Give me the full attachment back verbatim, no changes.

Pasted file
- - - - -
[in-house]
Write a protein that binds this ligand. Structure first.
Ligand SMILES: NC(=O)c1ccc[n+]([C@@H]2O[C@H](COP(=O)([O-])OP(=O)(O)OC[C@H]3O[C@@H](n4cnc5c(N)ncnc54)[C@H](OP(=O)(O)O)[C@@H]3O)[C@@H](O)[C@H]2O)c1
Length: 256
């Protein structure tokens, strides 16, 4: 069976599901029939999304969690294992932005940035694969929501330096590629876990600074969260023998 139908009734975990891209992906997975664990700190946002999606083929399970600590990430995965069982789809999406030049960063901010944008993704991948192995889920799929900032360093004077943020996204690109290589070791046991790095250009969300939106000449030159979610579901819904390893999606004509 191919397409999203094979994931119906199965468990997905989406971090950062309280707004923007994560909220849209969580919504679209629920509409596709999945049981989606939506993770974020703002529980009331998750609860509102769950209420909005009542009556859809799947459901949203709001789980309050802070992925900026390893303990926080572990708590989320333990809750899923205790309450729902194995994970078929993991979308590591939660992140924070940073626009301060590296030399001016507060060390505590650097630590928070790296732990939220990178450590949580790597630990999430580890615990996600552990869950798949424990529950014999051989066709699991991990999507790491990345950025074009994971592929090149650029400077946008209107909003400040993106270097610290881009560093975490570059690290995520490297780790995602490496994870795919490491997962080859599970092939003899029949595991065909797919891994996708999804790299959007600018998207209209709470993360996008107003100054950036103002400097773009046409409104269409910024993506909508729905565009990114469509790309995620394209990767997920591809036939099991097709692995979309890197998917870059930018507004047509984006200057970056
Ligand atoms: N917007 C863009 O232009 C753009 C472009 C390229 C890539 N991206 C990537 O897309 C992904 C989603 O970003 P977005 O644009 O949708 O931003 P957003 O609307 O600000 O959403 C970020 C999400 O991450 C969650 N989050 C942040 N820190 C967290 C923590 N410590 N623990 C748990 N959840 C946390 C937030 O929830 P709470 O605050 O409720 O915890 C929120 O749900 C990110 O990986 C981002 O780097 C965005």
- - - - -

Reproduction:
[in-house]
Write a protein that binds this ligand. Structure first.
Ligand SMILES: NC(=O)c1ccc[n+]([C@@H]2O[C@H](COP(=O)([O-])OP(=O)(O)OC[C@H]3O[C@@H](n4cnc5c(N)ncnc54)[C@H](OP(=O)(O)O)[C@@H]3O)[C@@H](O)[C@H]2O)c1
Length: 256
């Protein structure tokens, strides 16, 4: 069976599901029939999304969690294992932005940035694969929501330096590629876990600074969260023998 139908009734975990891209992906997975664990700190946002999606083929399970600590990430995965069982789809999406030049960063901010944008993704991948192995889920799929900032360093004077943020996204690109290589070791046991790095250009969300939106000449030159979610579901819904390893999606004509 191919397409999203094979994931119906199965468990997905989406971090950062309280707004923007994560909220849209969580919504679209629920509409596709999945049981989606939506993770974020703002529980009331998750609860509102769950209420909005009542009556859809799947459901949203709001789980309050802070992925900026390893303990926080572990708590989320333990809750899923205790309450729902194995994970078929993991979308590591939660992140924070940073626009301060590296030399001016507060060390505590650097630590928070790296732990939220990178450590949580790597630990999430580890615990996600552990869950798949424990529950014999051989066709699991991990999507790491990345950025074009994971592929090149650029400077946008209107909003400040993106270097610290881009560093975490570059690290995520490297780790995602490496994870795919490491997962080859599970092939003899029949595991065909797919891994996708999804790299959007600018998207209209709470993360996008107003100054950036103002400097773009046409409104269409910024993506909508729905565009990114469509790309995620394209990767997920591809036939099991097709692995979309890197998917870059930018507004047509984006200057970056
Ligand atoms: N917007 C863009 O232009 C753009 C472009 C390229 C890539 N991206 C990537 O897309 C992904 C989603 O970003 P977005 O644009 O949708 O931003 P957003 O609307 O600000 O959403 C970020 C999400 O991450 C969650 N989050 C942040 N820190 C967290 C923590 N410590 N623990 C748990 N959840 C946390 C937030 O929830 P709470 O605050 O409720 O915890 C929120 O749900 C990110 O990986 C981002 O780097 C965005």